Desire, Happiness, Sorrow

There was a village. Like in any village, everyone knew everyone else in this village. There was a young couple, who were in love with each other. They wanted to meet privately. They decided to meet at ten in the night under a banyan tree at the outskirts of the village. The boy went there at the planned time. He saw the silhouette of his beloved. He went quietly and hugged her. He was in great joy. He loved the feeling of the absence of the painful physical distance from his beloved. After a minute, he wondered, why he was not getting the usual response from her. It was then that he saw her face. He was hugging a bear !!! He ran towards the village for dear life.

This story was told today at Ramakrishna Math, Ulsoor, Bangalore, by Swami Dayatmanandaji. He told this story to point out that happiness comes from within. Not from outside. As long as the boy thought that he was hugging his beloved, he experienced great happiness. This is true of all desire, happiness and sorrow. These feelings come not from the object, but our imagination and interpretation of the object.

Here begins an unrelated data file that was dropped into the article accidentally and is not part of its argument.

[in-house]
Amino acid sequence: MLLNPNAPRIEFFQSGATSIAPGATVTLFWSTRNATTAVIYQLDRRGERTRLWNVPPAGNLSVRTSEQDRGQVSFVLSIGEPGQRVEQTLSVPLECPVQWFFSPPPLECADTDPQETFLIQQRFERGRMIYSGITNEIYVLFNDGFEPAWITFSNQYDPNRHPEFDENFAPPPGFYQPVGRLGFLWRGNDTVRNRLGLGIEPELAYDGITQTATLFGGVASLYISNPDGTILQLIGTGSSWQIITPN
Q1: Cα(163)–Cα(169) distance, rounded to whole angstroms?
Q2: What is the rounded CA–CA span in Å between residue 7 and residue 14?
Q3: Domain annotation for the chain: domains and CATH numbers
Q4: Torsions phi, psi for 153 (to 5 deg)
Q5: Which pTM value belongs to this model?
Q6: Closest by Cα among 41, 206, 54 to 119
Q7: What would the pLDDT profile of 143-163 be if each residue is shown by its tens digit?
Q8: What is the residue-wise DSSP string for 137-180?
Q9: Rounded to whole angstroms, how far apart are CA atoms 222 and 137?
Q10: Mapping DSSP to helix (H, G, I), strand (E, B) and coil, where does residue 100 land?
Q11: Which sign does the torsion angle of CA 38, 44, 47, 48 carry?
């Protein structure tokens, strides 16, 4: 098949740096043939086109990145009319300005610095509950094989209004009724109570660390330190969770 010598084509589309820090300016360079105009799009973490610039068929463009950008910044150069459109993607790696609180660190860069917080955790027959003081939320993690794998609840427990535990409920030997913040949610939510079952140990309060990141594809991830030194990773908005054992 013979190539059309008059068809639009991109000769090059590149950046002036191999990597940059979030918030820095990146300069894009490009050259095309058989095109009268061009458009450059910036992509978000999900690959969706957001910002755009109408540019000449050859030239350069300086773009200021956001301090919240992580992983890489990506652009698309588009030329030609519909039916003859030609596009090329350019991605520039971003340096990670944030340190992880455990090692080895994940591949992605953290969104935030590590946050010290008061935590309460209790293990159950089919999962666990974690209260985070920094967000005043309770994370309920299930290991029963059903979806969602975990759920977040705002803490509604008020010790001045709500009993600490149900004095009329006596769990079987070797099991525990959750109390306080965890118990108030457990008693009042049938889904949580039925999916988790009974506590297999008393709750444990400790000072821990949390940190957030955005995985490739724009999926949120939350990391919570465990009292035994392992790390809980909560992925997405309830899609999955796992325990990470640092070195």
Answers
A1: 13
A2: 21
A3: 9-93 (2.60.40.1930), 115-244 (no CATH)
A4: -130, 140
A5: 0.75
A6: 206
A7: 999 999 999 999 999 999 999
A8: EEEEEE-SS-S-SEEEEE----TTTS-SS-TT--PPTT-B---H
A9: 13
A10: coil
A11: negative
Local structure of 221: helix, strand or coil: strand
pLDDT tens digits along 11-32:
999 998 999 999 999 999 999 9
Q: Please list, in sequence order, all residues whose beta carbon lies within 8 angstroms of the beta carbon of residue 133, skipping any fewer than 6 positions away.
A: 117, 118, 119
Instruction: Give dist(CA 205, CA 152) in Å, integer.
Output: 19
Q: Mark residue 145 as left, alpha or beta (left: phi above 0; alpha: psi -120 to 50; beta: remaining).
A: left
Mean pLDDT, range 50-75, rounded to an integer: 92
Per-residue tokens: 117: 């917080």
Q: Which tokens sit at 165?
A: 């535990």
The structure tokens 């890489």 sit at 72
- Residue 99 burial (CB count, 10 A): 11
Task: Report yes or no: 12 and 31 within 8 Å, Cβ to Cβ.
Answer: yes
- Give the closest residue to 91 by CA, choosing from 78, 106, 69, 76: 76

I have read a similar story in the book “Buddhist Tales” in the Amar Chitra Katha series. There was an only son of a rich couple. He was in the prime of his youth. He was rich, handsome, healthy, educated, cultured, artistic and sportive. He saw that life had so much to offer – so much to know, so many places to see, so much art to indulge in, so much to play. He did not want to get into marriage and spoil his life. His parents were worried and kept nudging him everyday. To avoid their pressure, he hit upon an idea. He made a beautiful golden statue of a girl. He made it extremely beautiful. He showed the statue to his parents and said that he would marry a girl who was as beautiful as that. He was sure that there can be no girl who is as beautiful as the statue. His parents were hopeful. This was the last hope for them. They got pictures of the statue made and sent it with messengers to various parts of the world. Nowhere could the messengers find a girl as beautiful as that. The boy was happy. His parents were worried. After several months, a message came that they had found a girl in a distant city. She was as beautiful as the statue and her parents had agreed to the proposal. The parents were overjoyed. They sent a caravan of gifts for the parents of the girl and arranged for them to come for the marriage. They told the boy. The boy was puzzled. Everyday, he watched the statue and was wondering how someone can be as beautiful as that. Slowly he started liking the girl who was on her way. He was looking forward to meet her and marry her. A few weeks passed. The caravan had not come yet. He asked his parents. They said that he had to wait longer as the city was far away. The boy asked his parents every few days and got the same reply. A few months passed. Still the caravan had not come. Finally, his parents broke the sad news to him that the girl had fallen ill on the way and died a few months back. The caravan had gone back. The boy was struck with great agony. He cried and cried for several days. He did not eat properly. He did not sleep properly. He spent all the time near the statue. Buddha was visiting his city. His parents took him to Buddha. Buddha showed him that desire, happiness and sorrow were all based on imagination. The boy understood and became free from sorrow.